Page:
This House is Built to Withstand the Force of a Tsunami

A clever idea to let water flow through a home may allow residents in Puget Sound to escape the fate that locals centuries ago could not

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The Tsunami House, on the northern end of Washington's Camano Island, is designed to withstand the impact of high-velocity wave walls with heights of up to eight feet. Credit: Lucas Henning

In 1820, Camano Island, one of the many scattered bits of land along the mouth of Puget Sound, had a piece of its south end break off and slide into the ocean. The violent incident triggered a tsunami that crashed into nearby Hat Island, drowning many of the local Tulalip people.

Fortunately, life in the area since that deadly disaster has been mostly calm. Camano Island today is home to around 13,000 residents, along with roughly 4,000 who come each year in search of a relaxing respite from city life.

On the northern end of the island sits a picturesque 3,140 square-foot waterfront home that lead architect Dan Nelson of Designs Northwest Architects has dubbed the Tsunami House. Standing roughly 30 feet tall, it's designed to stay erect should a similar chain of events strike just as suddenly. And though no building is tsunami-proof (just as there's no such thing as an earthquake-proof building), Nelson says that the remodeled structure his team drew up is expected to withstand the impact of high-velocity wave walls with heights of up to eight feet as well as a 7.8 scale earthquake and 85 mph lateral winds.

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All items and materials kept below in this “flood room” have been certified waterproof. Credit: Lucas Henning

This was accomplished by positioning the home's main two floors about nine feet above ground, a unique setup made possible through a series of sturdy support columns strategically located beneath it. A steel frame further reinforces the pillar system. Gaps between the columns are then filled in with clear glass doors that, like garage doors, slide shut from overhead, disguising the lower level as an ordinary room.

I say disguised because all items and materials kept in this “flood room” have been certified waterproof. Here you won't find any electrical outlets, as all the power is circulated and supplied to the living quarters above. The glass doors are fashioned so that, in the event of a tsunami-like catastrophe, the force of the flooding should cause them to breakaway with ease. Allowing the rush of water to flow through the bottom chamber and out the opposite side disperses the brunt force and reduces pressure on the columns.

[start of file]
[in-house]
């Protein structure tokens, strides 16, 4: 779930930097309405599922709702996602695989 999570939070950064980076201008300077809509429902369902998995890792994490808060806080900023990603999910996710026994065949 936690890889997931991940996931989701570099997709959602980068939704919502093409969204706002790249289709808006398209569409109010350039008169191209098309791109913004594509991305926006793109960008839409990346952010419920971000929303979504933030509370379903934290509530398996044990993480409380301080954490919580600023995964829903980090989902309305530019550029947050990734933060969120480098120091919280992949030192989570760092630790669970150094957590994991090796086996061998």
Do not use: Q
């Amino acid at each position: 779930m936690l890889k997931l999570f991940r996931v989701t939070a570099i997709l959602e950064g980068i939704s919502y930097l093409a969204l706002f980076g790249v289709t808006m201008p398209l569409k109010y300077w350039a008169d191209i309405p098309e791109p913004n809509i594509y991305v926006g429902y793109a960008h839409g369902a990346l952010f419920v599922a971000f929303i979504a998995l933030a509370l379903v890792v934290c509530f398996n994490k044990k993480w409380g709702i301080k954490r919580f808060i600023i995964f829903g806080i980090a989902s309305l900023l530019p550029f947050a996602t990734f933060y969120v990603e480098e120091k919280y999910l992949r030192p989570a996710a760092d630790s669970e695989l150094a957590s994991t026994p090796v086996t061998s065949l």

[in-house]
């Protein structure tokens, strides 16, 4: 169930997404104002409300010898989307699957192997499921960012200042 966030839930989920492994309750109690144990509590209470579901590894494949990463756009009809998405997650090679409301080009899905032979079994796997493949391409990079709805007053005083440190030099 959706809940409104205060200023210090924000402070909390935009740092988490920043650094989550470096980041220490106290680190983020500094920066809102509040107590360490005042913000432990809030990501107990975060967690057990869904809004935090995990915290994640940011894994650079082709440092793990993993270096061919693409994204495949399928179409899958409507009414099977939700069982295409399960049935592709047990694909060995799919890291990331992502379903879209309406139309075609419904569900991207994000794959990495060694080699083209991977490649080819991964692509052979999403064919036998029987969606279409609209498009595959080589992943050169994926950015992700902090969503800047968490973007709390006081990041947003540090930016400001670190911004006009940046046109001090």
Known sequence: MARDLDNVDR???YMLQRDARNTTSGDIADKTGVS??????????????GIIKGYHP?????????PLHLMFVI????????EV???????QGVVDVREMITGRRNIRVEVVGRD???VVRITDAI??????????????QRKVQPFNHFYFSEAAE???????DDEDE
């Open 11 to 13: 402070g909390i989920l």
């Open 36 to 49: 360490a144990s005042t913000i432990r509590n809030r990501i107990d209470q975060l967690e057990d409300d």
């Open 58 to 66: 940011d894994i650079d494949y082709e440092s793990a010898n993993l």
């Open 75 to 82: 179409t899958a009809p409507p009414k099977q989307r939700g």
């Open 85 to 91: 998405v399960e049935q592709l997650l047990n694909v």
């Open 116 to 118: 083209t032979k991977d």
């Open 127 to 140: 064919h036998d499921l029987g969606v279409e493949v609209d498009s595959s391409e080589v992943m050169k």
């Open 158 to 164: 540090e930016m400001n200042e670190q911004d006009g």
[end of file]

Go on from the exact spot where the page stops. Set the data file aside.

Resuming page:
“If the building was a solid wall instead of columns filled in with glass doors, the whole thing could collapse under the momentum of the wave,” Nelson explains. “We opted to enable the building to stay intact by letting the water move through along a path of least resistance.”

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In the event of a tsunami, the force of the flooding should cause the home's glass doors to break, allowing the rush of water to flow through the bottom chamber and out the opposite side. Credit: Lucas Henning

The architect highlights the fact that the remodeled 40s-era home was modified to exceed the strict building safety requirements outlined by the Federal Emergency Management Agency and the Army Corp of Engineers for local waterfront houses. Officials have grown keenly aware of the region's susceptibility to widespread flooding. The Cascadia Subduction Zone, one of the largest active faults in North America, sits about 50 miles offshore. This 680-mile stretch of colliding tectonic plates, which runs from Vancouver Island down to northern California, has unleashed cataclysmic destruction in the past, most recently in 1700 when a 9.0 earthquake caused nearby trees to sink and generated a massive tsunami that rose as high as 33 feet as it barreled its way toward Japan's coast. 

While modern-day settlements have yet to suffer such a catastrophe, the looming threat has prompted local communities to begin bracing for a dreaded scenario. Last year, residents of the coastal city of Westport voted to fund a project that involved turning an elementary school into the first tsunami-resistant emergency shelter in the nation. By 2015, the roof deck, which sits 55-feet above sea level, will be remodeled to accommodate as many as 1,500 evacuees.

Nelson, who specializes in waterfront homes, believes his Tsunami House can be scaled up. And since his design has received some acclaim, he's gotten more inquiries from potential clients, even one from as far away as New Jersey who's looking to redesign his property in the aftermath of Hurricane Sandy.

"Even though the buildings there use the same principle as the one we designed, they basically don't do more than put a house on stilts," he added. "What we've shown is that you can make a home that can withstand disasters and also look beautiful."

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